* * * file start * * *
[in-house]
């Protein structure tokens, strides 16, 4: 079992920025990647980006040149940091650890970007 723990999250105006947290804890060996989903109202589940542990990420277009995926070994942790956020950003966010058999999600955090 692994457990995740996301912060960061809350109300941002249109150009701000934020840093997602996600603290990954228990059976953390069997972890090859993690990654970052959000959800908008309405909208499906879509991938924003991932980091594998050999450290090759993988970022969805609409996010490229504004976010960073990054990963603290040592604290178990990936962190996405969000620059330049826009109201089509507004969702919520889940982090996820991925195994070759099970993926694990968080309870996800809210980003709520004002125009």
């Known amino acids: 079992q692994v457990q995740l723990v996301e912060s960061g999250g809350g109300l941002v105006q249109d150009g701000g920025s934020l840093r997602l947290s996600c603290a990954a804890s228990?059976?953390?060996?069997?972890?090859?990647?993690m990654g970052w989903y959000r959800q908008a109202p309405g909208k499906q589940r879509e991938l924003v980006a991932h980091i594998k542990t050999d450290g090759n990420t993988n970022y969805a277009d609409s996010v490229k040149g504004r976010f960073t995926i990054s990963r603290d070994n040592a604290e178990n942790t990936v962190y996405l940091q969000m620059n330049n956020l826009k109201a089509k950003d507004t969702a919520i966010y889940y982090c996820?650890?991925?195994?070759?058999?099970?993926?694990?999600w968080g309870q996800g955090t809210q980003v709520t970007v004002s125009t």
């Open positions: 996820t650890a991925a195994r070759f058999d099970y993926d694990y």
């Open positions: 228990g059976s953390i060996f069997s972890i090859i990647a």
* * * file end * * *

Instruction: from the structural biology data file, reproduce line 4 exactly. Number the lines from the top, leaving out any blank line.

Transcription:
């Open positions: 996820t650890a991925a195994r070759f058999d099970y993926d694990y």